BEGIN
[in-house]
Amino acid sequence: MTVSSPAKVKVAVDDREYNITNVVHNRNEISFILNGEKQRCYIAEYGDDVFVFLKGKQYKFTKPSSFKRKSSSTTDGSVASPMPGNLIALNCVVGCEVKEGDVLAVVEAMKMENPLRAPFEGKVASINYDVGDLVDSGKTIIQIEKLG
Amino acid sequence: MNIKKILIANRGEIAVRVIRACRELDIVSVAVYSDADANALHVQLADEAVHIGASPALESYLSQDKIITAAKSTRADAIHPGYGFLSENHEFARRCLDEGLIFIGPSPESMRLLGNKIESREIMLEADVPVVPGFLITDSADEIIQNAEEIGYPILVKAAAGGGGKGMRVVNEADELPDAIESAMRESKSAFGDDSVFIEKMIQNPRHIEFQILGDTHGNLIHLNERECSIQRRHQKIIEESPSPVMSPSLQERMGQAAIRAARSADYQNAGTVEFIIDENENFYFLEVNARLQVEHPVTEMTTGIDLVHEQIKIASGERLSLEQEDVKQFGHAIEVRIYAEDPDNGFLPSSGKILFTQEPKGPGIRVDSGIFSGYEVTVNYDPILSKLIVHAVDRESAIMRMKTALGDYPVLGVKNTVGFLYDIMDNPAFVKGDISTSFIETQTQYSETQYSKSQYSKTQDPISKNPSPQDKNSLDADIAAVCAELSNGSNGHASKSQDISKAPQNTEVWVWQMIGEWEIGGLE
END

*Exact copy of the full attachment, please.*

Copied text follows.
[in-house]
Amino acid sequence: MTVSSPAKVKVAVDDREYNITNVVHNRNEISFILNGEKQRCYIAEYGDDVFVFLKGKQYKFTKPSSFKRKSSSTTDGSVASPMPGNLIALNCVVGCEVKEGDVLAVVEAMKMENPLRAPFEGKVASINYDVGDLVDSGKTIIQIEKLG
Amino acid sequence: MNIKKILIANRGEIAVRVIRACRELDIVSVAVYSDADANALHVQLADEAVHIGASPALESYLSQDKIITAAKSTRADAIHPGYGFLSENHEFARRCLDEGLIFIGPSPESMRLLGNKIESREIMLEADVPVVPGFLITDSADEIIQNAEEIGYPILVKAAAGGGGKGMRVVNEADELPDAIESAMRESKSAFGDDSVFIEKMIQNPRHIEFQILGDTHGNLIHLNERECSIQRRHQKIIEESPSPVMSPSLQERMGQAAIRAARSADYQNAGTVEFIIDENENFYFLEVNARLQVEHPVTEMTTGIDLVHEQIKIASGERLSLEQEDVKQFGHAIEVRIYAEDPDNGFLPSSGKILFTQEPKGPGIRVDSGIFSGYEVTVNYDPILSKLIVHAVDRESAIMRMKTALGDYPVLGVKNTVGFLYDIMDNPAFVKGDISTSFIETQTQYSETQYSKSQYSKTQDPISKNPSPQDKNSLDADIAAVCAELSNGSNGHASKSQDISKAPQNTEVWVWQMIGEWEIGGLE